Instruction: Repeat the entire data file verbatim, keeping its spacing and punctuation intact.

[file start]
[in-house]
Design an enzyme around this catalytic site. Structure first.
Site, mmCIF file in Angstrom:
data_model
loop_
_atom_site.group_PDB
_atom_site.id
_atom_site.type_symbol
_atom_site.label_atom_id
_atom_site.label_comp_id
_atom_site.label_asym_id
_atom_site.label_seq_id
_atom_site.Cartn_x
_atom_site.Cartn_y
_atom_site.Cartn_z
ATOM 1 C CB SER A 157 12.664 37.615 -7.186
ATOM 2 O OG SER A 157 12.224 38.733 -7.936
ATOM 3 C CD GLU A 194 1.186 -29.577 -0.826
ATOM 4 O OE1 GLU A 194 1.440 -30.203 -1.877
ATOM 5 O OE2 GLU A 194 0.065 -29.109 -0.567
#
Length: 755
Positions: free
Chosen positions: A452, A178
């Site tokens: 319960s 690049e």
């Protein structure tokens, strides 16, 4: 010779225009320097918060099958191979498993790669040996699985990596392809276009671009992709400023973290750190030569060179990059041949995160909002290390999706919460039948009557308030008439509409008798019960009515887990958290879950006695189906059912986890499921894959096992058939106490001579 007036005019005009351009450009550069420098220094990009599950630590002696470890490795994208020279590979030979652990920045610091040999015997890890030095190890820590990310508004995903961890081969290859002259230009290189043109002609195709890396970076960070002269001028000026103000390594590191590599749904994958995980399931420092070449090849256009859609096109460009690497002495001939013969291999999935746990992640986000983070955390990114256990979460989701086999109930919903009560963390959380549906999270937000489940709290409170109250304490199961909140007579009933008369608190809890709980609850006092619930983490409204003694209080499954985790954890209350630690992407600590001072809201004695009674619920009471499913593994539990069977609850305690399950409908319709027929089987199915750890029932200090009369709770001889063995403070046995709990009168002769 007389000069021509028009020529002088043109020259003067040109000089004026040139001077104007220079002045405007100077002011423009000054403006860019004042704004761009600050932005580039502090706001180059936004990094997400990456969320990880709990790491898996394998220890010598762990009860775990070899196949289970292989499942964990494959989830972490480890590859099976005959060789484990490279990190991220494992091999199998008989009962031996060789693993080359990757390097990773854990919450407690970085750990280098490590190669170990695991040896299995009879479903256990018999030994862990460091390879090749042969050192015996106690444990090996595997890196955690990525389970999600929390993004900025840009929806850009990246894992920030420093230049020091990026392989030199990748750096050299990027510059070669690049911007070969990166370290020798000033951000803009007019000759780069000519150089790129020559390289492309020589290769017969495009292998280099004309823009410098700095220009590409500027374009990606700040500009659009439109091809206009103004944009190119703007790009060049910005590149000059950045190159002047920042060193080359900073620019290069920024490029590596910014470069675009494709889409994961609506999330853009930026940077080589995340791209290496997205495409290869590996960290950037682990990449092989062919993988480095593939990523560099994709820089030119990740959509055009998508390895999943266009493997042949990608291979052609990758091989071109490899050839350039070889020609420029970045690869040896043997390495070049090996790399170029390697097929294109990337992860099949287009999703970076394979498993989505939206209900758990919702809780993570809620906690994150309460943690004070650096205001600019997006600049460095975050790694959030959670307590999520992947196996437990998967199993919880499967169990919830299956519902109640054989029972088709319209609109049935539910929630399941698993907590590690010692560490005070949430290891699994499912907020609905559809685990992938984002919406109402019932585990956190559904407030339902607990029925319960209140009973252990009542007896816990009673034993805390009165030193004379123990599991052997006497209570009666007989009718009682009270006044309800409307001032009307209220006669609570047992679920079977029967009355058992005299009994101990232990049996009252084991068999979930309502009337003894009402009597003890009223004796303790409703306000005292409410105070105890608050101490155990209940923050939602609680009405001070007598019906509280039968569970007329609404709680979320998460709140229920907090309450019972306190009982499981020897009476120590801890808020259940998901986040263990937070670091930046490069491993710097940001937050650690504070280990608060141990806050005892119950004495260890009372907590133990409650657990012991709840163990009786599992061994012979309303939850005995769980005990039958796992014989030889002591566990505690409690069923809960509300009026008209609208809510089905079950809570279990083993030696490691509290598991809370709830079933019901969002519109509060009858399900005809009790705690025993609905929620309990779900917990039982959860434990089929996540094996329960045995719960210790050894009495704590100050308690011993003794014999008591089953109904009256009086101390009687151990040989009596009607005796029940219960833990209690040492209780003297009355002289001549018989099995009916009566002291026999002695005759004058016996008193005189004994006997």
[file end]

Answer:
[in-house]
Design an enzyme around this catalytic site. Structure first.
Site, mmCIF file in Angstrom:
data_model
loop_
_atom_site.group_PDB
_atom_site.id
_atom_site.type_symbol
_atom_site.label_atom_id
_atom_site.label_comp_id
_atom_site.label_asym_id
_atom_site.label_seq_id
_atom_site.Cartn_x
_atom_site.Cartn_y
_atom_site.Cartn_z
ATOM 1 C CB SER A 157 12.664 37.615 -7.186
ATOM 2 O OG SER A 157 12.224 38.733 -7.936
ATOM 3 C CD GLU A 194 1.186 -29.577 -0.826
ATOM 4 O OE1 GLU A 194 1.440 -30.203 -1.877
ATOM 5 O OE2 GLU A 194 0.065 -29.109 -0.567
#
Length: 755
Positions: free
Chosen positions: A452, A178
């Site tokens: 319960s 690049e």
């Protein structure tokens, strides 16, 4: 010779225009320097918060099958191979498993790669040996699985990596392809276009671009992709400023973290750190030569060179990059041949995160909002290390999706919460039948009557308030008439509409008798019960009515887990958290879950006695189906059912986890499921894959096992058939106490001579 007036005019005009351009450009550069420098220094990009599950630590002696470890490795994208020279590979030979652990920045610091040999015997890890030095190890820590990310508004995903961890081969290859002259230009290189043109002609195709890396970076960070002269001028000026103000390594590191590599749904994958995980399931420092070449090849256009859609096109460009690497002495001939013969291999999935746990992640986000983070955390990114256990979460989701086999109930919903009560963390959380549906999270937000489940709290409170109250304490199961909140007579009933008369608190809890709980609850006092619930983490409204003694209080499954985790954890209350630690992407600590001072809201004695009674619920009471499913593994539990069977609850305690399950409908319709027929089987199915750890029932200090009369709770001889063995403070046995709990009168002769 007389000069021509028009020529002088043109020259003067040109000089004026040139001077104007220079002045405007100077002011423009000054403006860019004042704004761009600050932005580039502090706001180059936004990094997400990456969320990880709990790491898996394998220890010598762990009860775990070899196949289970292989499942964990494959989830972490480890590859099976005959060789484990490279990190991220494992091999199998008989009962031996060789693993080359990757390097990773854990919450407690970085750990280098490590190669170990695991040896299995009879479903256990018999030994862990460091390879090749042969050192015996106690444990090996595997890196955690990525389970999600929390993004900025840009929806850009990246894992920030420093230049020091990026392989030199990748750096050299990027510059070669690049911007070969990166370290020798000033951000803009007019000759780069000519150089790129020559390289492309020589290769017969495009292998280099004309823009410098700095220009590409500027374009990606700040500009659009439109091809206009103004944009190119703007790009060049910005590149000059950045190159002047920042060193080359900073620019290069920024490029590596910014470069675009494709889409994961609506999330853009930026940077080589995340791209290496997205495409290869590996960290950037682990990449092989062919993988480095593939990523560099994709820089030119990740959509055009998508390895999943266009493997042949990608291979052609990758091989071109490899050839350039070889020609420029970045690869040896043997390495070049090996790399170029390697097929294109990337992860099949287009999703970076394979498993989505939206209900758990919702809780993570809620906690994150309460943690004070650096205001600019997006600049460095975050790694959030959670307590999520992947196996437990998967199993919880499967169990919830299956519902109640054989029972088709319209609109049935539910929630399941698993907590590690010692560490005070949430290891699994499912907020609905559809685990992938984002919406109402019932585990956190559904407030339902607990029925319960209140009973252990009542007896816990009673034993805390009165030193004379123990599991052997006497209570009666007989009718009682009270006044309800409307001032009307209220006669609570047992679920079977029967009355058992005299009994101990232990049996009252084991068999979930309502009337003894009402009597003890009223004796303790409703306000005292409410105070105890608050101490155990209940923050939602609680009405001070007598019906509280039968569970007329609404709680979320998460709140229920907090309450019972306190009982499981020897009476120590801890808020259940998901986040263990937070670091930046490069491993710097940001937050650690504070280990608060141990806050005892119950004495260890009372907590133990409650657990012991709840163990009786599992061994012979309303939850005995769980005990039958796992014989030889002591566990505690409690069923809960509300009026008209609208809510089905079950809570279990083993030696490691509290598991809370709830079933019901969002519109509060009858399900005809009790705690025993609905929620309990779900917990039982959860434990089929996540094996329960045995719960210790050894009495704590100050308690011993003794014999008591089953109904009256009086101390009687151990040989009596009607005796029940219960833990209690040492209780003297009355002289001549018989099995009916009566002291026999002695005759004058016996008193005189004994006997």